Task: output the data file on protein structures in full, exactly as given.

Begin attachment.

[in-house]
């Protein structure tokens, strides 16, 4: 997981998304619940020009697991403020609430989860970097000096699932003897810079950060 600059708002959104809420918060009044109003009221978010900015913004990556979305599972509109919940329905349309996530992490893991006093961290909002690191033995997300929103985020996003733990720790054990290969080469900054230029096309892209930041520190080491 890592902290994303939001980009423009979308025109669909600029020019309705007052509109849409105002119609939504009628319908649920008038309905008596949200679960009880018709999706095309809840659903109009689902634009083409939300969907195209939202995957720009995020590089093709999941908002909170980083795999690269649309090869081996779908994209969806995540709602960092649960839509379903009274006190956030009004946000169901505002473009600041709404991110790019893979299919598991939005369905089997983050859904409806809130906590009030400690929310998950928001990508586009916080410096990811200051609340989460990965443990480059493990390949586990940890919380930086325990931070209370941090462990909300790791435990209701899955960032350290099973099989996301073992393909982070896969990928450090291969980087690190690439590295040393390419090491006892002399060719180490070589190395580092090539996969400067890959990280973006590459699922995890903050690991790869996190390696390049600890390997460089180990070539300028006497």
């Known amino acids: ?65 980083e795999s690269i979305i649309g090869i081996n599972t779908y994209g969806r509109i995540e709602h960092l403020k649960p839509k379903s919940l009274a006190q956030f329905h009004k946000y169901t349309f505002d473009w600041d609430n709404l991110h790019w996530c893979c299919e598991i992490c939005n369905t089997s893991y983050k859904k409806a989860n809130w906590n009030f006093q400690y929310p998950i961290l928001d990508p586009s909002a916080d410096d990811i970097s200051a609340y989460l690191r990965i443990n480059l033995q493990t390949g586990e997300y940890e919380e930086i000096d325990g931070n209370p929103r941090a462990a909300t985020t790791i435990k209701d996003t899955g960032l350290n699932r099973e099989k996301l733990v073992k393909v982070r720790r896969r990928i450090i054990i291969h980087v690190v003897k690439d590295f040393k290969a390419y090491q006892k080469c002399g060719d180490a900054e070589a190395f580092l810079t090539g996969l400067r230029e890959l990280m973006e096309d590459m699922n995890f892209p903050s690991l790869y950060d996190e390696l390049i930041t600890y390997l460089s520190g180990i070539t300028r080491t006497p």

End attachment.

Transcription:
[in-house]
């Protein structure tokens, strides 16, 4: 997981998304619940020009697991403020609430989860970097000096699932003897810079950060 600059708002959104809420918060009044109003009221978010900015913004990556979305599972509109919940329905349309996530992490893991006093961290909002690191033995997300929103985020996003733990720790054990290969080469900054230029096309892209930041520190080491 890592902290994303939001980009423009979308025109669909600029020019309705007052509109849409105002119609939504009628319908649920008038309905008596949200679960009880018709999706095309809840659903109009689902634009083409939300969907195209939202995957720009995020590089093709999941908002909170980083795999690269649309090869081996779908994209969806995540709602960092649960839509379903009274006190956030009004946000169901505002473009600041709404991110790019893979299919598991939005369905089997983050859904409806809130906590009030400690929310998950928001990508586009916080410096990811200051609340989460990965443990480059493990390949586990940890919380930086325990931070209370941090462990909300790791435990209701899955960032350290099973099989996301073992393909982070896969990928450090291969980087690190690439590295040393390419090491006892002399060719180490070589190395580092090539996969400067890959990280973006590459699922995890903050690991790869996190390696390049600890390997460089180990070539300028006497």
């Known amino acids: ?65 980083e795999s690269i979305i649309g090869i081996n599972t779908y994209g969806r509109i995540e709602h960092l403020k649960p839509k379903s919940l009274a006190q956030f329905h009004k946000y169901t349309f505002d473009w600041d609430n709404l991110h790019w996530c893979c299919e598991i992490c939005n369905t089997s893991y983050k859904k409806a989860n809130w906590n009030f006093q400690y929310p998950i961290l928001d990508p586009s909002a916080d410096d990811i970097s200051a609340y989460l690191r990965i443990n480059l033995q493990t390949g586990e997300y940890e919380e930086i000096d325990g931070n209370p929103r941090a462990a909300t985020t790791i435990k209701d996003t899955g960032l350290n699932r099973e099989k996301l733990v073992k393909v982070r720790r896969r990928i450090i054990i291969h980087v690190v003897k690439d590295f040393k290969a390419y090491q006892k080469c002399g060719d180490a900054e070589a190395f580092l810079t090539g996969l400067r230029e890959l990280m973006e096309d590459m699922n995890f892209p903050s690991l790869y950060d996190e390696l390049i930041t600890y390997l460089s520190g180990i070539t300028r080491t006497p």